In June 2008, the Democratic-led Congress approved a special funding bill that would provide $163 billion to continue the wars and occupations in Iraq and Afghanistan well into 2009. Liberal representatives who had railed against the war lined up to sign on to the bill that was supposedly necessary to adequately “support our troops” so they can “do their job.” Time and again, the “well-being” of soldiers, sailors and airmen has been used to justify and prolong U.S. wars of aggression against the people of the world.
When military personnel come home wounded or injured, or when they leave the military, they find the “support our troops” rhetoric means very little. All the media stories of returning troops reuniting with their families evaporate when the reality of reintegrating into society sets in. A study by Physicians for Social Responsibility indicates long-term public health costs and disability benefits for returning troops will ultimately be much greater than the cost of conducting the war itself.
The burden of having served
Of the 1.5 million people who have served in the military in Afghanistan and Iraq, over one-third of them have been deployed multiple times, thus increasing the possibility of wounds and battlefield trauma. A recent study by the Rand Corporation estimated that there were about 300,000 soldiers who have returned with post-traumatic stress disorder and another 300,000 with traumatic brain injury. This represents an astounding 40 percent of returning troops. There is no way that the Department of Veterans Affairs can deal with these numbers considering the scarcity of trained mental health professionals amongst their ranks. There is currently a backlog of 800,000 cases from all recent wars at Veteran Administration facilities, and the number is growing.
There are around 1.8 million veterans—plus around 4 million immediate family members of veterans—who have no health care coverage at all. In November 2008, the federal government finally linked the illnesses of close to 200,000 Gulf War (1990-91) veterans to their time in Iraq. A congressional study showed that exposure to toxic pesticides and the ingestion of other chemicals, supposedly designed to protect soldiers, led to neurological and physical deterioration among many veterans. The study did not cover the effects of depleted uranium or anthrax vaccines, which have been shown to have their own gruesome and debilitating effects.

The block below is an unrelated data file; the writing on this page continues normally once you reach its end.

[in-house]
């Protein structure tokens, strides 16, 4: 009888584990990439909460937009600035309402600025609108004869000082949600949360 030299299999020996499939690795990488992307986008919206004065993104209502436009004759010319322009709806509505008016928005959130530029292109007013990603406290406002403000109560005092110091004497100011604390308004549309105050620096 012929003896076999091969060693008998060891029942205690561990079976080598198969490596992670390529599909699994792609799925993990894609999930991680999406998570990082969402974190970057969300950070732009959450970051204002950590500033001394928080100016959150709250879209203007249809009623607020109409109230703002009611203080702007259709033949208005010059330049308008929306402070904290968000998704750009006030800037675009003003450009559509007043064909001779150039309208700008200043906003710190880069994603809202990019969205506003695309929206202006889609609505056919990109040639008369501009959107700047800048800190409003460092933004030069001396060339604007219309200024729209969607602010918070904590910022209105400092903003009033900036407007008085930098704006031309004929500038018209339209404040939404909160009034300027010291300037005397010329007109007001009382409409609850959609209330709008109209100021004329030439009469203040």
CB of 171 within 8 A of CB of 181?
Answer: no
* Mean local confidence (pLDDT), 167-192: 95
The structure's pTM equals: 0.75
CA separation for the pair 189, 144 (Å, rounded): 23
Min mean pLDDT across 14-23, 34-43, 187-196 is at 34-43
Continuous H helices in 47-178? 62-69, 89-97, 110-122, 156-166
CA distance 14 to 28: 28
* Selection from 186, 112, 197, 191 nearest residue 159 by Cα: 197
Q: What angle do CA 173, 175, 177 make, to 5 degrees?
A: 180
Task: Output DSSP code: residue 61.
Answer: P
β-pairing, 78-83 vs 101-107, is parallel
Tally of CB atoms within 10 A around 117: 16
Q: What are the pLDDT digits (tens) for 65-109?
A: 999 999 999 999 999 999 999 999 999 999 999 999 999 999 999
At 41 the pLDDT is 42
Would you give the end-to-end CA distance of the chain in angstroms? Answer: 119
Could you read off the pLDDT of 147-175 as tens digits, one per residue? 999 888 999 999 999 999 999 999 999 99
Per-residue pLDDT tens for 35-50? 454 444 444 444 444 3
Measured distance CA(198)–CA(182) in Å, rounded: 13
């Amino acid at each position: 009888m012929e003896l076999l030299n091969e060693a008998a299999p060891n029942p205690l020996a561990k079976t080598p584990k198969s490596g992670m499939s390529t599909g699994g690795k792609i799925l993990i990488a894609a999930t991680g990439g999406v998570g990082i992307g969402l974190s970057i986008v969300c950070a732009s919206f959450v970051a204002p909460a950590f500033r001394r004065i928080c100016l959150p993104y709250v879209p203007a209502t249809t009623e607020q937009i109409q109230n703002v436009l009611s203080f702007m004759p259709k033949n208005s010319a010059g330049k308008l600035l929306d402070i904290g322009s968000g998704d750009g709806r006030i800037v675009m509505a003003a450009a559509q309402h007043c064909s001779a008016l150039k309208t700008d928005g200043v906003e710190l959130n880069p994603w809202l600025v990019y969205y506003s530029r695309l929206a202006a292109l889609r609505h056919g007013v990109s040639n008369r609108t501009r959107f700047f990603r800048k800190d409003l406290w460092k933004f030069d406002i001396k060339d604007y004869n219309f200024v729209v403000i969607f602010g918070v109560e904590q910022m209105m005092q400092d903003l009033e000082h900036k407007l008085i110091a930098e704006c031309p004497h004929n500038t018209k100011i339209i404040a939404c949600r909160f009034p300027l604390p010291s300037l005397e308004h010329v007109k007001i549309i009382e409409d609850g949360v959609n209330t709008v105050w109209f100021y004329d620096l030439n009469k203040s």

What is a veteran returning from war and waiting for medical attention to do? Many are unable to work, experience problematic home lives, and turn to drugs and alcohol to self-medicate. As the wait continues for adequate care and employment, huge numbers become homeless. On any given night, there are 200,000 homeless veterans, and another 400,000 will experience homelessness sometime during the course of a year. The suicide rate among veterans is at least three times the national average. At present, there are 126 veterans who take their own lives every week.
Many who join the military are motivated by the promise of opportunity and job training. Over 50 percent of the people in the military come from cities and towns with under 25,000 people. These are often places that once relied on industries that have been long since outsourced in the corporate drive to find cheaper labor and greater profit elsewhere. These towns lack jobs when the soldier returns, just as when he or she first enlisted. A 2007 Abt Associates study found that 18 percent of returning soldiers from Iraq and Afghanistan were unemployed, while one of four who did find jobs earned less than $22,000 a year. Many recently discharged veterans have taken advantage of the GI Bill to go to school, but there is little evidence that those education benefits have yielded higher paying jobs.
In the richest country in the world, there is no reason returning soldiers, or anyone else, should be denied comprehensive care. Clearly the funds are there; the U.S. government continues to spend $500 million a day for the occupations of Iraq and Afghanistan.
Bring the troops home—with benefits
We call for all the troops to be brought home and provided with health care for as long as they need it—without any red tape. We call for free education and extensive job training. Housing should be guaranteed with no threat of foreclosure or eviction. There should be social workers provided to help address the specific needs of each returning veteran so that they are not left to fend for themselves.
President Obama pledged to increase veteran’s benefits in his February 27 speech at Camp Lejeune. That is a welcome development and partly a result of the growing scandal of inadequate support for returning war veterans. It is also designed to placate active-duty service members who are being sent in larger numbers to fight an escalating war in Afghanistan that will lead to many new casualties.
The fact is veterans will not receive the benefits they deserve unless they fight for them. As the economy continues to sink, and trillions of taxpayer dollars are dished out to Wall Street, we need to take a stand and demand: Bail out veterans, not the banks.